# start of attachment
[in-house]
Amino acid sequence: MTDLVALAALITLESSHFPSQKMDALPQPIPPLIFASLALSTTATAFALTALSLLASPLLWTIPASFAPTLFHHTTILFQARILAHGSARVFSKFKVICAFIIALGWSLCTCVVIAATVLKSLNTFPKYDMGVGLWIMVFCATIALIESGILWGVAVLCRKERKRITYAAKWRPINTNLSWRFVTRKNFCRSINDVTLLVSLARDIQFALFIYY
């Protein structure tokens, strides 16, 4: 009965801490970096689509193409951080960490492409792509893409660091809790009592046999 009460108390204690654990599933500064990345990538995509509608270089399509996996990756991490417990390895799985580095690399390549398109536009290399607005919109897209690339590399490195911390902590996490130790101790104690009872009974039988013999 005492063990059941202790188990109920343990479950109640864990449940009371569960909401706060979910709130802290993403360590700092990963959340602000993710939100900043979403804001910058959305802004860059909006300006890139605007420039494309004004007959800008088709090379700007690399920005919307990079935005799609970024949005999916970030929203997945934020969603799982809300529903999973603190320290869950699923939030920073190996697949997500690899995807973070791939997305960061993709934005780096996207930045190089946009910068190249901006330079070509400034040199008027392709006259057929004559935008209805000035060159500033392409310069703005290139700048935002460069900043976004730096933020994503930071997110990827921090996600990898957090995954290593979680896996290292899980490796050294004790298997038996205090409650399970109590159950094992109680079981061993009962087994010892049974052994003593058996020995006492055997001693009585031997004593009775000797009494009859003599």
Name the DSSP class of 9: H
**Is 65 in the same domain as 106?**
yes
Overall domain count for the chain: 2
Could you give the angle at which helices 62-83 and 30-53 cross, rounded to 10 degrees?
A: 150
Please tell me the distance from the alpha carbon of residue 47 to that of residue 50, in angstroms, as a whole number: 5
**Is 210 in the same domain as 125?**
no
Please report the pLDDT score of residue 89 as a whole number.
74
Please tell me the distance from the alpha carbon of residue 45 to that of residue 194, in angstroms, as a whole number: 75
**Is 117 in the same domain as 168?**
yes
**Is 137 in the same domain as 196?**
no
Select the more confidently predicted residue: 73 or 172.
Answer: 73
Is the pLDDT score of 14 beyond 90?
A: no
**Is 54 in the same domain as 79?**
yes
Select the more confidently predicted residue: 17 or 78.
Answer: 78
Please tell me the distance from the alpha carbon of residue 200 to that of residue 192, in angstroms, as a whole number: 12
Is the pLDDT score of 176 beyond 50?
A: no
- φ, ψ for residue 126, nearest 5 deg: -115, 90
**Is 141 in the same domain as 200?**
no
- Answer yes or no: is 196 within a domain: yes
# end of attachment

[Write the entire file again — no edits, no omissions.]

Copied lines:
[in-house]
Amino acid sequence: MTDLVALAALITLESSHFPSQKMDALPQPIPPLIFASLALSTTATAFALTALSLLASPLLWTIPASFAPTLFHHTTILFQARILAHGSARVFSKFKVICAFIIALGWSLCTCVVIAATVLKSLNTFPKYDMGVGLWIMVFCATIALIESGILWGVAVLCRKERKRITYAAKWRPINTNLSWRFVTRKNFCRSINDVTLLVSLARDIQFALFIYY
């Protein structure tokens, strides 16, 4: 009965801490970096689509193409951080960490492409792509893409660091809790009592046999 009460108390204690654990599933500064990345990538995509509608270089399509996996990756991490417990390895799985580095690399390549398109536009290399607005919109897209690339590399490195911390902590996490130790101790104690009872009974039988013999 005492063990059941202790188990109920343990479950109640864990449940009371569960909401706060979910709130802290993403360590700092990963959340602000993710939100900043979403804001910058959305802004860059909006300006890139605007420039494309004004007959800008088709090379700007690399920005919307990079935005799609970024949005999916970030929203997945934020969603799982809300529903999973603190320290869950699923939030920073190996697949997500690899995807973070791939997305960061993709934005780096996207930045190089946009910068190249901006330079070509400034040199008027392709006259057929004559935008209805000035060159500033392409310069703005290139700048935002460069900043976004730096933020994503930071997110990827921090996600990898957090995954290593979680896996290292899980490796050294004790298997038996205090409650399970109590159950094992109680079981061993009962087994010892049974052994003593058996020995006492055997001693009585031997004593009775000797009494009859003599």
Name the DSSP class of 9: H
**Is 65 in the same domain as 106?**
yes
Overall domain count for the chain: 2
Could you give the angle at which helices 62-83 and 30-53 cross, rounded to 10 degrees?
A: 150
Please tell me the distance from the alpha carbon of residue 47 to that of residue 50, in angstroms, as a whole number: 5
**Is 210 in the same domain as 125?**
no
Please report the pLDDT score of residue 89 as a whole number.
74
Please tell me the distance from the alpha carbon of residue 45 to that of residue 194, in angstroms, as a whole number: 75
**Is 117 in the same domain as 168?**
yes
**Is 137 in the same domain as 196?**
no
Select the more confidently predicted residue: 73 or 172.
Answer: 73
Is the pLDDT score of 14 beyond 90?
A: no
**Is 54 in the same domain as 79?**
yes
Select the more confidently predicted residue: 17 or 78.
Answer: 78
Please tell me the distance from the alpha carbon of residue 200 to that of residue 192, in angstroms, as a whole number: 12
Is the pLDDT score of 176 beyond 50?
A: no
- φ, ψ for residue 126, nearest 5 deg: -115, 90
**Is 141 in the same domain as 200?**
no
- Answer yes or no: is 196 within a domain: yes